An artist’s rendering of the proposed community hall

Down but not out

A large grant which was earmarked for the community hall will need to be redirected or it will disappear.

A large grant which was earmarked for the community hall will need to be redirected or it will disappear.

A grant of $400,000 was given to the District of Fort St. James towards the building of the Fort St. James community hall. The funding was part of the Towns for Tomorrow grant funding being distributed by the province.

However, the money did have an expiry, and has already gotten one extension. So because there is no possibility the community hall will be able to be built before the final deadline of March 31, 2013, the mayor and council must decide on somewhere else to allocate the funding.

The current mayor and council, however, have deferred the decision of  redirecting the funding because they didn’t want to commit the incoming mayor and council to something.

So far, some senior staff for the district have put forward some options for capital projects which they would like to put forward for the funding, but are waiting for direction on which projects would be eligible.

Projects proposed so far include: downtown revitalization, a skateboard park, arena upgrades, sidewalk and storm sewer extensions,  paving, water treatment, sewage lagoon upgrades, water main upgrades, water pumping station backup, and water reservoir upgrades.

The loss of the $400,000 in funding is a set back, but it is not stopping the community hall committee from continuing with their plans to build a gathering place for the community.

“Is it a loss – absolutely,” said Ann McCormick, committee member, but McCormick said the group has been working to prepare a brochure in order to go out and lobby the community for further funding and pursue corporate sponsors.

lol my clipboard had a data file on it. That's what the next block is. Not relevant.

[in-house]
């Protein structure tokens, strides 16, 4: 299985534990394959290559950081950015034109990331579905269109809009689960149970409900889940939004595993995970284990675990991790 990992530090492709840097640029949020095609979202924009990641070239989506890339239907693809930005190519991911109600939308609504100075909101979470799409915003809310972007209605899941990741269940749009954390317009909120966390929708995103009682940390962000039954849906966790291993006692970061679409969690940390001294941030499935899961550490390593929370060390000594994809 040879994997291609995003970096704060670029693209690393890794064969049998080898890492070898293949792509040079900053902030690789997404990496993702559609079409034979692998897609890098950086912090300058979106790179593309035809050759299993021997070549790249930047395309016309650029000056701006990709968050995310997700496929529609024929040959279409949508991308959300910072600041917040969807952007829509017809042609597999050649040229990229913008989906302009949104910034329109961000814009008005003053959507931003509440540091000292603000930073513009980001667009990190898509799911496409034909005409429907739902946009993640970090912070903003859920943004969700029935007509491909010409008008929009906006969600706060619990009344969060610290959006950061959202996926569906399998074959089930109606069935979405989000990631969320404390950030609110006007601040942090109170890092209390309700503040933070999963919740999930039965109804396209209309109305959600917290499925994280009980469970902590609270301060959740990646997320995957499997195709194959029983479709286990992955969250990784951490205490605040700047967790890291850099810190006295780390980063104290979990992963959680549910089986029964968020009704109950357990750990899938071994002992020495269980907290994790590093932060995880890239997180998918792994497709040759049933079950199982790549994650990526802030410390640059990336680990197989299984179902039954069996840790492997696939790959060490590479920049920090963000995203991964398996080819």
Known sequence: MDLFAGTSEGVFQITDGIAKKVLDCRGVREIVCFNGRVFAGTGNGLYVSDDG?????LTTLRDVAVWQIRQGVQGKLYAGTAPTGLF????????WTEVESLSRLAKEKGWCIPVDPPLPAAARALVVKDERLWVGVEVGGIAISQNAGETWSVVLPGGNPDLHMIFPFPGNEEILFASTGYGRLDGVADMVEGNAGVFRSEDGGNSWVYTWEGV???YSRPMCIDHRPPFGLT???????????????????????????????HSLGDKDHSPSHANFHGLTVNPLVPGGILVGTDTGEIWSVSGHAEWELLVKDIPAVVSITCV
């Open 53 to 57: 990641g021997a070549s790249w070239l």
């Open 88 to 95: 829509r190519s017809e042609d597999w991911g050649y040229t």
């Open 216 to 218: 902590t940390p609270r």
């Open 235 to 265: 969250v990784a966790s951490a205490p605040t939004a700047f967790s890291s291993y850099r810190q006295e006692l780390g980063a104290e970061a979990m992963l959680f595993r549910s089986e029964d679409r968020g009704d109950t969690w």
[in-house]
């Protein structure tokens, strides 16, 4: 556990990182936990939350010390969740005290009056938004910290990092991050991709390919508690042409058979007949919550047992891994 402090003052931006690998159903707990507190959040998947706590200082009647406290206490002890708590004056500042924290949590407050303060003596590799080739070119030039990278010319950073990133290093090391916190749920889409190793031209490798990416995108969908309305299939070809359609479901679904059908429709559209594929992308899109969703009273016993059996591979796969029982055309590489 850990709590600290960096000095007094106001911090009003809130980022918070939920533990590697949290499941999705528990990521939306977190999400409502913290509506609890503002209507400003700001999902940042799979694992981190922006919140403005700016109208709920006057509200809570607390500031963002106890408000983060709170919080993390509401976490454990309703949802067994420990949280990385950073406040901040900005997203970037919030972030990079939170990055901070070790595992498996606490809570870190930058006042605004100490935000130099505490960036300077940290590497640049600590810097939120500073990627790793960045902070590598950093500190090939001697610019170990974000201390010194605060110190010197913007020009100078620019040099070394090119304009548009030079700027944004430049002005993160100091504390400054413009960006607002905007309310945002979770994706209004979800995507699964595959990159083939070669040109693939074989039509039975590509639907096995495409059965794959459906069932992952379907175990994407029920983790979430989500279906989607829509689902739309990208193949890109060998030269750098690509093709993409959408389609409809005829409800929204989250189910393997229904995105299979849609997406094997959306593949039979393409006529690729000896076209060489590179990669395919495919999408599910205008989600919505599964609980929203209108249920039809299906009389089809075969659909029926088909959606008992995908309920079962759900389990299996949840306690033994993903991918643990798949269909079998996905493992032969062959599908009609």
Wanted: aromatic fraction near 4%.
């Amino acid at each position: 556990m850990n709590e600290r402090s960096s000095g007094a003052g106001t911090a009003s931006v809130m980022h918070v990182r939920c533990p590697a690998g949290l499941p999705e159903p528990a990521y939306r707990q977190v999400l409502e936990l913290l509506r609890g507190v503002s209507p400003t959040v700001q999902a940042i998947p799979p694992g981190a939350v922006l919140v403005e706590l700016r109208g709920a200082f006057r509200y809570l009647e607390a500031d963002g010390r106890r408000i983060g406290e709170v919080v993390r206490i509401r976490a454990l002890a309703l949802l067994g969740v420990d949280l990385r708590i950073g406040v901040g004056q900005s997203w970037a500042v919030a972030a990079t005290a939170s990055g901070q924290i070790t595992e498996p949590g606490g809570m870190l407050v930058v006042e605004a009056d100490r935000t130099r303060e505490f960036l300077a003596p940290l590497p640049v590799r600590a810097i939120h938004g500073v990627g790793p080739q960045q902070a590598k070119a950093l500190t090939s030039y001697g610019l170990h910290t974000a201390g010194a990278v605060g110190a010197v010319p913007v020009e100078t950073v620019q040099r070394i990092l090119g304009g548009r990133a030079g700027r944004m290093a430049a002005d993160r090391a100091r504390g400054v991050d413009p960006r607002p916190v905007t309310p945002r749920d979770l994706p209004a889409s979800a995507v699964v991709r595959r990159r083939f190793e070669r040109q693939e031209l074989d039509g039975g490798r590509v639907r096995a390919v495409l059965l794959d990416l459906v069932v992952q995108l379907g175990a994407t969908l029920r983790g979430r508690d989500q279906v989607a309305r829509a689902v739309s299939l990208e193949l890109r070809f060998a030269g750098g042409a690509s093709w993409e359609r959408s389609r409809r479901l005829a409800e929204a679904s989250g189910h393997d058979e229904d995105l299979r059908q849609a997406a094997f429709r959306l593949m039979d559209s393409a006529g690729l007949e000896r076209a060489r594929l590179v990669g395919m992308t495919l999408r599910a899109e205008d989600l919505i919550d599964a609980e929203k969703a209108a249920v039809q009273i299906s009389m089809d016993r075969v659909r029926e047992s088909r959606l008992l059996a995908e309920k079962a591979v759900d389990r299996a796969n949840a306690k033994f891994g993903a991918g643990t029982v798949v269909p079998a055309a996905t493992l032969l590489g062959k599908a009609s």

While the project was stalled when the economic downturn came and government funding dried up, and the group is now looking at $1 million in initial funding instead of the $1.4 million they had last year, McCormick is optimistic about the project.

“It’s the perfect fit, it’s the perfect storm for us that the plans are ready, the opportunity is there and we already have some initial money,” she said.

The committee will also be applying for grant funding through the recently announced $30 million provincial recreation program funding. Premier Christy Clark announced the funding for community recreation facilities in September.

They will also be looking for funding from the Northern Development Initiative Trust, which will match a percentage of funding secured.

“We couldn’t be doing this unless we’d done the work prior,” said McCormick.

The committee was appointed over three years ago, when the Hoy family announced an initial donation to the community hall of $500,000. This amount was then matched by the community itself, and the Towns for Tomorrow funding was secured.

Since the committee was struck, they have worked to decide on a site, and plans have been drawn up.

The building would be next to the arena, utilizing the existing facilities of the arena to help keep some of the costs of the hall down as well, which are expected to be between $3.4 million and $4 million.

The hall would seat 250 people and the architectural style would help to match it to the downtown revitalization theme of the community, and would include a new face for the arena to keep with the theme.

“A lot of volunteer time has gone in by the committee over the last number of years,” said McCormick, who called it an “exciting project for the town.”